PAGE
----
Iterative Reasoning in an Experimental "Lemons" Market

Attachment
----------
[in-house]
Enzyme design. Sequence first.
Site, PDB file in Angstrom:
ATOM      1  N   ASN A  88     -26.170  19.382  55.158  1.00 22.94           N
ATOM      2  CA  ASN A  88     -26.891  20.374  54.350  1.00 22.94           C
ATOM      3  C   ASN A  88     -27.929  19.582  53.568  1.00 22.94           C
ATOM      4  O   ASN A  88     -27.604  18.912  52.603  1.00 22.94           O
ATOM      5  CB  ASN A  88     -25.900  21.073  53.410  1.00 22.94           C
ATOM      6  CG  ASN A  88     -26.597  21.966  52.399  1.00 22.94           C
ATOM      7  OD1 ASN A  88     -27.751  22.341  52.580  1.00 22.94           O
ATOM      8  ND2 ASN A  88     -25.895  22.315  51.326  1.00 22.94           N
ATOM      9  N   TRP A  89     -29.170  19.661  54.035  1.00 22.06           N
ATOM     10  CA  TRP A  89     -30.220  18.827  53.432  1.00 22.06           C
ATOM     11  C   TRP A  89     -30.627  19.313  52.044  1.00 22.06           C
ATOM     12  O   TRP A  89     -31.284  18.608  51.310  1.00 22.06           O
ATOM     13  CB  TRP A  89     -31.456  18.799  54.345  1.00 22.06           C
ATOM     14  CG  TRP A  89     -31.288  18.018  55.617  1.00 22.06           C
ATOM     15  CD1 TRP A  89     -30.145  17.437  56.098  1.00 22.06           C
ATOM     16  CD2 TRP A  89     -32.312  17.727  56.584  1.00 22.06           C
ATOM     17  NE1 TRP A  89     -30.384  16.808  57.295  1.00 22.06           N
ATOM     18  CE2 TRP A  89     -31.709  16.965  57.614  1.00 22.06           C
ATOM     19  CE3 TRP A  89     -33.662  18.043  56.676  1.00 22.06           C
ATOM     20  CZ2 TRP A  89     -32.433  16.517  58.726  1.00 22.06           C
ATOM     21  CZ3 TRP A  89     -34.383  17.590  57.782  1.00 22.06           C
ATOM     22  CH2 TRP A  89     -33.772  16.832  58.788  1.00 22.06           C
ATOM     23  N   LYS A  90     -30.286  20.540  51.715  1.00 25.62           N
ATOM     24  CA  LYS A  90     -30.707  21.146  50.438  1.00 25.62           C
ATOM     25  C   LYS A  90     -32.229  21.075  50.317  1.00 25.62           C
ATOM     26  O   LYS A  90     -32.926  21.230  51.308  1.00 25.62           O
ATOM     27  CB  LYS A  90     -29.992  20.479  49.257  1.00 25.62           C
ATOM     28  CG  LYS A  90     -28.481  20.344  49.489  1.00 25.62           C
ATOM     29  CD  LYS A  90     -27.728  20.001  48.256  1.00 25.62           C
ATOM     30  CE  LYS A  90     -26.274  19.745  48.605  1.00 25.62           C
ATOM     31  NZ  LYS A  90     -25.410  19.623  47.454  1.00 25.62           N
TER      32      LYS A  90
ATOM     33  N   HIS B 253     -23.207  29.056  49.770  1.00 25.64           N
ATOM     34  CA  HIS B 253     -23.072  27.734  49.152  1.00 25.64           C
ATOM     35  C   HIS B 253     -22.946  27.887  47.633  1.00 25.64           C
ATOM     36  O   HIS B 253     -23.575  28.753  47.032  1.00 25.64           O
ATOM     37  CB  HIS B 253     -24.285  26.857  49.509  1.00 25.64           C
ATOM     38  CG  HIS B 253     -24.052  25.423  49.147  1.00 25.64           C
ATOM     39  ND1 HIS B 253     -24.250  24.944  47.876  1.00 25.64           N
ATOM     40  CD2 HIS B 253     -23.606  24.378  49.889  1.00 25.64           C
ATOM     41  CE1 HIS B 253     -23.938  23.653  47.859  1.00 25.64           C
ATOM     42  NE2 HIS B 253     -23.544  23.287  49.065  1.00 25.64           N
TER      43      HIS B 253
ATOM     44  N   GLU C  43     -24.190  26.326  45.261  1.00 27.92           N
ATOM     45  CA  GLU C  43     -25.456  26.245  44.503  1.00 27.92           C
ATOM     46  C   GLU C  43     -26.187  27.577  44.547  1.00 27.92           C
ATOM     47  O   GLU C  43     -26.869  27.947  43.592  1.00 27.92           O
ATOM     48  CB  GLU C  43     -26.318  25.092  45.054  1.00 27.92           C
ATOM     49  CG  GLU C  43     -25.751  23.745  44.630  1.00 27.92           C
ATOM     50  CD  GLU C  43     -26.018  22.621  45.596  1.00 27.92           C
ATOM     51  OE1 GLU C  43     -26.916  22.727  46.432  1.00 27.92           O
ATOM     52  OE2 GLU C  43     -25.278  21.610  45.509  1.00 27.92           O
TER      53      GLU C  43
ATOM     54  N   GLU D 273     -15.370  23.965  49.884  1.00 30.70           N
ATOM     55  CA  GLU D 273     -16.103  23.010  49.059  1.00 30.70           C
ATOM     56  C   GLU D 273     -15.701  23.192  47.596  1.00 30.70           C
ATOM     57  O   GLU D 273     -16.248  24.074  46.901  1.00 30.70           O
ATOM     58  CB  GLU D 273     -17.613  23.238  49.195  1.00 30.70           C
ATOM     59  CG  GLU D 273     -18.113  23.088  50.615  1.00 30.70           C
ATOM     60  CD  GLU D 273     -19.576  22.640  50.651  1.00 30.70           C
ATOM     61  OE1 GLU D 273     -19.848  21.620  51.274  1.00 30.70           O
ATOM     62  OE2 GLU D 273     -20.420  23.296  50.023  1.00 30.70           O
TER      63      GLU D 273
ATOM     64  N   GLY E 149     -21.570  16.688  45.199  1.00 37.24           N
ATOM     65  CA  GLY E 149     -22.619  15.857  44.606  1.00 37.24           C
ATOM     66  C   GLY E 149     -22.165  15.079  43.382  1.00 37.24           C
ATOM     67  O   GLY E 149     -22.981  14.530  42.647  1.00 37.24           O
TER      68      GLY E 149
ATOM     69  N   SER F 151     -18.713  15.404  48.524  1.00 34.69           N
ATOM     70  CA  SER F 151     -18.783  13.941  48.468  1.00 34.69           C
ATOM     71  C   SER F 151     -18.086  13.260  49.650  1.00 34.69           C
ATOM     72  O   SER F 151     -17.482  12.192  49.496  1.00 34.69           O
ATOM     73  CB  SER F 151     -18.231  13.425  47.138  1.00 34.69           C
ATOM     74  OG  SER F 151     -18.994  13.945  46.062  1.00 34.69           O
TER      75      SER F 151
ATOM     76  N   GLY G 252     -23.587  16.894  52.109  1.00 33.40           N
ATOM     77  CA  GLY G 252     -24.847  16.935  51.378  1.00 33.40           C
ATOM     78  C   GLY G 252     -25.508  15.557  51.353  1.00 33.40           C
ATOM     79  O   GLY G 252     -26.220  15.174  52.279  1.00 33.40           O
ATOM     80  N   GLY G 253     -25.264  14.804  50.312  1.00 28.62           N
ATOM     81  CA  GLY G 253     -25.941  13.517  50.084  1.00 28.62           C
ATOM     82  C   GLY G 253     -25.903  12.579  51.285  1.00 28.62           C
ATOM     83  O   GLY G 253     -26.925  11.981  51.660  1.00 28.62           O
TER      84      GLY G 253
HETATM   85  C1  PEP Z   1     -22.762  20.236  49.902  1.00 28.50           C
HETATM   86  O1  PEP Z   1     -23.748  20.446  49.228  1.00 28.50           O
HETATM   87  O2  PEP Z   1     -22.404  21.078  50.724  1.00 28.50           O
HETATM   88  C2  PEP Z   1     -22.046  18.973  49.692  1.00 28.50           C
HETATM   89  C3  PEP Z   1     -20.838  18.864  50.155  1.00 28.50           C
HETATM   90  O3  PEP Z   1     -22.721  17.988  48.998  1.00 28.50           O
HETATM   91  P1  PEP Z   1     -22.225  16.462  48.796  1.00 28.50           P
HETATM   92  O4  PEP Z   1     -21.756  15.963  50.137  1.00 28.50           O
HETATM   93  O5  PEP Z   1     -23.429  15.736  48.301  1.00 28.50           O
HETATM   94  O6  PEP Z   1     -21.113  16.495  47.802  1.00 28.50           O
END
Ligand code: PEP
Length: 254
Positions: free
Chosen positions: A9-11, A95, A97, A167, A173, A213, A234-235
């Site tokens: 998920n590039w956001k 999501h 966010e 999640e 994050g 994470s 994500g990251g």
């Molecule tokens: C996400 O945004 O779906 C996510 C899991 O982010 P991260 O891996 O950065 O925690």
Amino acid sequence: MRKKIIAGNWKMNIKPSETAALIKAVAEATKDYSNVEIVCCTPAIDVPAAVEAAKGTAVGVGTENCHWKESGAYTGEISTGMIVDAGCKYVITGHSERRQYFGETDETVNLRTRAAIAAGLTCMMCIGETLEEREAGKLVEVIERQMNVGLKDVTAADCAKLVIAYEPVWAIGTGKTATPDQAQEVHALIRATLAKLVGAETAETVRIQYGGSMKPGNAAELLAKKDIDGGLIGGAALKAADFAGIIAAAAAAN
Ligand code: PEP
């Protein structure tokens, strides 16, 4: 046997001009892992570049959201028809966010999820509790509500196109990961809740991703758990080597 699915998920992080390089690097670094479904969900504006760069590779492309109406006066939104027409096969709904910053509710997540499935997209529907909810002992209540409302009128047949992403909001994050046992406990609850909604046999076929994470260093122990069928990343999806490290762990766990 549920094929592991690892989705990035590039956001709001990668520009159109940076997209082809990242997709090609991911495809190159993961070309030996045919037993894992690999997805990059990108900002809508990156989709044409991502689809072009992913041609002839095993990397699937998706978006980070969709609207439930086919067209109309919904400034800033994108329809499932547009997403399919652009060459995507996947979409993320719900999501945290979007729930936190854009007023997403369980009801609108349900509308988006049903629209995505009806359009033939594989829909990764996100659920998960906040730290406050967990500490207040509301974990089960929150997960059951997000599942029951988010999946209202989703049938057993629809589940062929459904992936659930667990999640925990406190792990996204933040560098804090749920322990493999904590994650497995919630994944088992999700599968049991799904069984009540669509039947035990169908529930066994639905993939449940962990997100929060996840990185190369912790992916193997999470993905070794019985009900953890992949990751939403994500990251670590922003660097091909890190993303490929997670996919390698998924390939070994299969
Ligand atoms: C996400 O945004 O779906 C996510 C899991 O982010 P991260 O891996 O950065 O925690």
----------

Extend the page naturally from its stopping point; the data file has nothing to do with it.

In this paper we experimentally test a theory of boundedly rational behavior in a "lemons" market. We analyze two different market designs, for which perfect rationality implies complete and partial market collapse, respectively. Our empirical observations deviate substantially from the predictions of rational choice theory: Even after 20 repetitions, the actual outcome is closer to efficiency than expected. We examine to which extent the theory of iterated reasoning contributes to the explanation of these observations. Perfectly rational behavior requires a player to perform an infinite number of iterative reasoning steps. Boundedly rational players, however, carry out only a limited number of such iterations. We have determined the iteration type of the players independently from their market behavior. A significant correlation exists between the iteration types and the observed price offers.
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